What Would I Eat?

Plan-specifics aside, most low-carb diets include lots of non-starchy vegetables; meats and/or eggs, and other sources of protein; low-sugar fruits (such as berries); dairy foods (such as cheese and yogurt); nuts and seeds; and foods with healthy fats. Note, also, that it is absolutely possible to follow a low-carb vegetarian diet.
There are also some nice "extras" available to complement these foods, such as low-carb tortillas and low-carb condiments. You might be surprised at the wide variety of meals that can be put together with low-carb ingredients, even including baked goods and desserts.

Once you are eating the right amount of carbohydrate for you, your appetite should reset and you won't be as hungry. You should eat when you're hungry and until you are satisfied, dining on foods that are allowed on plan you select. But remember: Just because a food is "allowed" doesn't mean it's a good idea to overeat it. Cheese is a good example.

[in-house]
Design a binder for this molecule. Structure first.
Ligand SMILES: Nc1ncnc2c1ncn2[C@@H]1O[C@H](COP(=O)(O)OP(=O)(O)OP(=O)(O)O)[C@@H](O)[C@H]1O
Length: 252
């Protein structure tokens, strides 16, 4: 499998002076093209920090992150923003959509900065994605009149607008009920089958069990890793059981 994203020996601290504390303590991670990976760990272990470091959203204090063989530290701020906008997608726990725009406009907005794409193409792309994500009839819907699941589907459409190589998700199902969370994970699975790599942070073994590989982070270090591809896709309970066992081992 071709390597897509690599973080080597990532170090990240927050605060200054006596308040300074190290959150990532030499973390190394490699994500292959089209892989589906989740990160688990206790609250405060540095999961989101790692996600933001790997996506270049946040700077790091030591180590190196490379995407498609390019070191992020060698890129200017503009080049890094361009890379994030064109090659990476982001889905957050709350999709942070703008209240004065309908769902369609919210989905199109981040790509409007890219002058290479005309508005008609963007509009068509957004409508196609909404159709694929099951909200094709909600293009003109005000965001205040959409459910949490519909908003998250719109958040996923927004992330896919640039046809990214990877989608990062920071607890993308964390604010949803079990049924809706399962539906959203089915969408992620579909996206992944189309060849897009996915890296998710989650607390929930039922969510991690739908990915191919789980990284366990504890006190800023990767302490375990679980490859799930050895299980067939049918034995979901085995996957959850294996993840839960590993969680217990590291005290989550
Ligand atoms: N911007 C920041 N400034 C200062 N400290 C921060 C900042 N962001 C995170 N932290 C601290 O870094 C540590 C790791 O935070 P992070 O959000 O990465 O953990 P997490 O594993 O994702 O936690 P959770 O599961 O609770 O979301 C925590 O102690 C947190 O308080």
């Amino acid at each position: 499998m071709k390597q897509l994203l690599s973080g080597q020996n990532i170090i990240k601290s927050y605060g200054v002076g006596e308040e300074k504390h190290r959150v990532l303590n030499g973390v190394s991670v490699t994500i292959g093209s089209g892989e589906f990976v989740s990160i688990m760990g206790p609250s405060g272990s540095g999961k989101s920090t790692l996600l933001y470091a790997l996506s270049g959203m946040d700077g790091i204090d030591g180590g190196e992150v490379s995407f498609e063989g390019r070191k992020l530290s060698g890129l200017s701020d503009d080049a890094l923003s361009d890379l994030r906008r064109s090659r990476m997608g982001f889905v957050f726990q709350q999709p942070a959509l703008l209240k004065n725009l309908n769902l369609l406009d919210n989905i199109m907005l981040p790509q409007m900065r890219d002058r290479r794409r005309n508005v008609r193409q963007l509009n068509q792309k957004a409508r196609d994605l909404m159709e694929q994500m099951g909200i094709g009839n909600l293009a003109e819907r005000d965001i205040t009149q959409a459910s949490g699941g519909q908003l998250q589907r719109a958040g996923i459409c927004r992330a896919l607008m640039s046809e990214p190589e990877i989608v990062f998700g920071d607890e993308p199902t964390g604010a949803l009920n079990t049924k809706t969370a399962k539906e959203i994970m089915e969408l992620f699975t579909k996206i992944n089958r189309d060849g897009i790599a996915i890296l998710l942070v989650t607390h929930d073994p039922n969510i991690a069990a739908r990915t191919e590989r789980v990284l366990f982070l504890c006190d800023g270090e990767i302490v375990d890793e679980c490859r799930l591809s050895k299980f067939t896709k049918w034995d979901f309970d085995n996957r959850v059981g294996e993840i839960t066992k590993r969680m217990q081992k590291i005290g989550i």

Getting Started

First, particularly if you are managing a health condition, it's wise to involve your healthcare team in your decision to go low-carb, so they can "sign off" on whether or not a low-carb eating plan is appropriate for you, monitor how your carb intake is affecting your overall health, and provide guidance along the way.

When embarking on a low-carb diet, start by making incremental changes, focusing on the unhealthy carbs you know you shouldn't have. Choose one or two foods at a time. You'd be surprised how much improvement can be achieved by making a few, small tweaks.

Avoid added sugars and other refined carbohydrates. The "no white food" rule, which involves the elimination of sugar, white flour, white rice, and potatoes from the diet, is also a good place to start.